Category Archives: Media

Required reading?

One interesting answer was set out in a New York Times column on Sunday, “Why You Should Read Books You Hate.”

It appears to have had an earlier title: “The joy of hate reading.”

Here’s the key paragraph:

…reading what you hate helps you refine what it is you value, whether it’s a style, a story line or an argument. Because books are long-form, they require more of the writer and the reader than a talk show or Facebook link. You can finish watching a movie in two hours and forget about it; not so a novel. Sticking it out for 300 pages means immersing yourself in another person’s world and discovering how it feels. That’s part of what makes books you despise so hard to dismiss. Rather than toss the book aside, turn to the next page and wrestle with its ideas. What about them makes you so uncomfortable?

And more:

It was only by burrowing through books that I hated, books that provoked feelings of outrage and indignation, that I truly learned how to read. Defensiveness makes you a better reader, a closer, more skeptical reader: a critic. Arguing with the author in your head forces you to gather opposing evidence. You may find yourself turning to other texts with determination, stowing away facts, fighting against the book at hand. You may find yourself developing a point of view.

The reader comments are also interesting. Many are in agreement. Others argue that with so many great books still unread, why waste your time on ones that you end up hating?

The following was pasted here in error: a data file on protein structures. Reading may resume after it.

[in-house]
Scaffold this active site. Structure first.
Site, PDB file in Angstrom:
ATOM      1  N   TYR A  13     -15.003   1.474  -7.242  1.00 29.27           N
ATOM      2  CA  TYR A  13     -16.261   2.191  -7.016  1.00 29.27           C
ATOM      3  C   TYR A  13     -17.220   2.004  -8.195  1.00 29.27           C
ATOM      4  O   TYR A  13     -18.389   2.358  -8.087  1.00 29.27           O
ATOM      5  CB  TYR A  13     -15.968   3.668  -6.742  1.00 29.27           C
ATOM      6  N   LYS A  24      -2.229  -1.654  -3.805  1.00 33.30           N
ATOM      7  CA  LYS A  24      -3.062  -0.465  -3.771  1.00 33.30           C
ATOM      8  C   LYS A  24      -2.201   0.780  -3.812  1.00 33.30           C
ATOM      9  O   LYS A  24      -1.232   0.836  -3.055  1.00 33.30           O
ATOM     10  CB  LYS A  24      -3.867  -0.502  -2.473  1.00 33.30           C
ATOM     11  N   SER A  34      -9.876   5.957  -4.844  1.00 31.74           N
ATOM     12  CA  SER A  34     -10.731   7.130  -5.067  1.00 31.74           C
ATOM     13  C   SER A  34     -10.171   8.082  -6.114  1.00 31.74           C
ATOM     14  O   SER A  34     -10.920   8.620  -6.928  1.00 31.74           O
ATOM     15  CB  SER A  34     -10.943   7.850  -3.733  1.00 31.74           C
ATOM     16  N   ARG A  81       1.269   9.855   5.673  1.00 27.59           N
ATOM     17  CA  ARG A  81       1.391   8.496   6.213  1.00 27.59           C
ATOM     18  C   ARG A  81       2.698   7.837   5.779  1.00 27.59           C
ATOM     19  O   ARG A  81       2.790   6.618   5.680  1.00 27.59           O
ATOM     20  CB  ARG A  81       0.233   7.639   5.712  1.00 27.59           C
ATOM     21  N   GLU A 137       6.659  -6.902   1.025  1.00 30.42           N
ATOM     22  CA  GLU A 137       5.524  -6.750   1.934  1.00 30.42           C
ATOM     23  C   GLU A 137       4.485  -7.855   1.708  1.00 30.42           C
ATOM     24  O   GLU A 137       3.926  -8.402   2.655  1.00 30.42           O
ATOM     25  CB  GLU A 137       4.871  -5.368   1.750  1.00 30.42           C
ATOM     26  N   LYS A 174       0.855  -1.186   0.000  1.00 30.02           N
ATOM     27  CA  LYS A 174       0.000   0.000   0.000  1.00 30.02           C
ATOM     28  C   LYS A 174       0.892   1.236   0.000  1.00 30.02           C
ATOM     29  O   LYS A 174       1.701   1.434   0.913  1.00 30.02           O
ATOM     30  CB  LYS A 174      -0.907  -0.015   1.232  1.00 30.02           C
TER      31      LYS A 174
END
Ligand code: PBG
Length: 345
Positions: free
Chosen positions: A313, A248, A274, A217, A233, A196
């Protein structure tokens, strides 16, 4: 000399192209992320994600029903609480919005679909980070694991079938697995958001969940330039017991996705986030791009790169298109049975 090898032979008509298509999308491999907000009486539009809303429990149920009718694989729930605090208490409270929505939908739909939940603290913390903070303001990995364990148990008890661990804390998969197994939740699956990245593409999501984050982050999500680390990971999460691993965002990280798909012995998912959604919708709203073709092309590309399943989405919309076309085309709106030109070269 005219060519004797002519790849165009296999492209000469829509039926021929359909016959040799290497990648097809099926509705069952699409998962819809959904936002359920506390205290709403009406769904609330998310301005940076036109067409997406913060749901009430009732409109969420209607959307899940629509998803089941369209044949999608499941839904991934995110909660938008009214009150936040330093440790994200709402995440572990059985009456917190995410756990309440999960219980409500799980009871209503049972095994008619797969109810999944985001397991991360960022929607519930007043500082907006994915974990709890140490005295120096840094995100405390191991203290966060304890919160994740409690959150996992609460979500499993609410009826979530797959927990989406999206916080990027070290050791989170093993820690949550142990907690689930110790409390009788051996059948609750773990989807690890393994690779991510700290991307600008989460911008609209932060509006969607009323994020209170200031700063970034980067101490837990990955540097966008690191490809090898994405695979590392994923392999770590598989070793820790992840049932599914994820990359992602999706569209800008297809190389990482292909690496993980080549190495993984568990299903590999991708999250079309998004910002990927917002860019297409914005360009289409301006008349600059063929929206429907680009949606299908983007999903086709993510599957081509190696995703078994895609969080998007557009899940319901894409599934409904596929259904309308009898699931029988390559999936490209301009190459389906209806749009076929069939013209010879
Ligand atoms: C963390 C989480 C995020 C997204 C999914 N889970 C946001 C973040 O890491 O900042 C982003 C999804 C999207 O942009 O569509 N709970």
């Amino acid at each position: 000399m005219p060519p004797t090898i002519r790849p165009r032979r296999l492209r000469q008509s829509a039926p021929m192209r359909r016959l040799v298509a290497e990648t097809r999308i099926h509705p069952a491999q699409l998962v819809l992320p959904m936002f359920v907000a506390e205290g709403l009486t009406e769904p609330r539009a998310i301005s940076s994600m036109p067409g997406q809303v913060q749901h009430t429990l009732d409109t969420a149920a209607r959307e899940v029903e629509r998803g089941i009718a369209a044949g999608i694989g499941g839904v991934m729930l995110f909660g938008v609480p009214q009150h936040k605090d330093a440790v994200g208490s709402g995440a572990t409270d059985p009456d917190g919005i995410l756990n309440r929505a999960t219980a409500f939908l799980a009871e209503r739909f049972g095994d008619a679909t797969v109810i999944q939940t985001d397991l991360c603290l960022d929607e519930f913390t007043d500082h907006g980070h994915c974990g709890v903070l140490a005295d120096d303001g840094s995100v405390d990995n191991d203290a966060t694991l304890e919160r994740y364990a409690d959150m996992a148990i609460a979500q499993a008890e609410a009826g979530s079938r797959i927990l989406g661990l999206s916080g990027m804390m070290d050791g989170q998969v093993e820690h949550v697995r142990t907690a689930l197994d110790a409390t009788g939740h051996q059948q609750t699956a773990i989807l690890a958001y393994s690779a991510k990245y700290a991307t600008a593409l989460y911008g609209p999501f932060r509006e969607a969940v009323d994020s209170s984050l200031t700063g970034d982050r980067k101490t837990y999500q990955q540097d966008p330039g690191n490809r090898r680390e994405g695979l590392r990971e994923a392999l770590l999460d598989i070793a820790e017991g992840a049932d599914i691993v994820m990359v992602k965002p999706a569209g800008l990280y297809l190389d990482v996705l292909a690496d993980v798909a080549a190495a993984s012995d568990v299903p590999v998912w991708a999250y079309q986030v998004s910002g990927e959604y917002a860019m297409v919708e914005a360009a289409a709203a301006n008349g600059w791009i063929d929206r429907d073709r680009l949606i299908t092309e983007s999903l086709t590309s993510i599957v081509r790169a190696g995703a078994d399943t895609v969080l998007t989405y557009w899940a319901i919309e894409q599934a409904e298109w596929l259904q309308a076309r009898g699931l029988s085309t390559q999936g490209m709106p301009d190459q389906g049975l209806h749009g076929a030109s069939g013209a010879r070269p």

Sticking to reading through books you hate requires the luxury of time, which most of us don’t really have these days.

Another readers laments: “Unfortunately for most Americans you can stop with “Why you should read books…””

In any case, it’s a good read and a good argument to have.

Parallels between Russian media meddling and right-wing propaganda spin

Media Matters for America had a good story this week describing changes in the news food chain, as fringe media have developed techniques to shoehorn misleading or false stories into the news (“The Susan Rice Unmasking Story Is A Perfect Case Study Of The New Pro-Trump Propaganda Ecosystem“).

Groups that used to be contained to their own bubble have been able to insert themselves into the food chain and been able to spread not just misleading, but patently false information to right-wing outlets and sometimes even in turn to mainstream media. A new dubious allegation regarding Susan Rice, former national security adviser to President Barack Obama, illustrates how this new pattern can spread pro-Trump misinformation and propaganda from fringe sources into mainstream media outlets.

What’s interesting to me is that this incestuous and multi-layered Alt-Right media machinery looks very much like the system used by the Russians in their attempt to support tRump’s candidacy in the 2016 U.S. elections.

Reread the Washington Post’s coverage, or go to the intelligence agencies’ report to Congress (at least the unclassified version).

From the Post:

The Russian campaign during this election season, researchers from both groups say, worked by harnessing the online world’s fascination with “buzzy” content that is surprising and emotionally potent, and tracks with popular conspiracy theories about how secret forces dictate world events.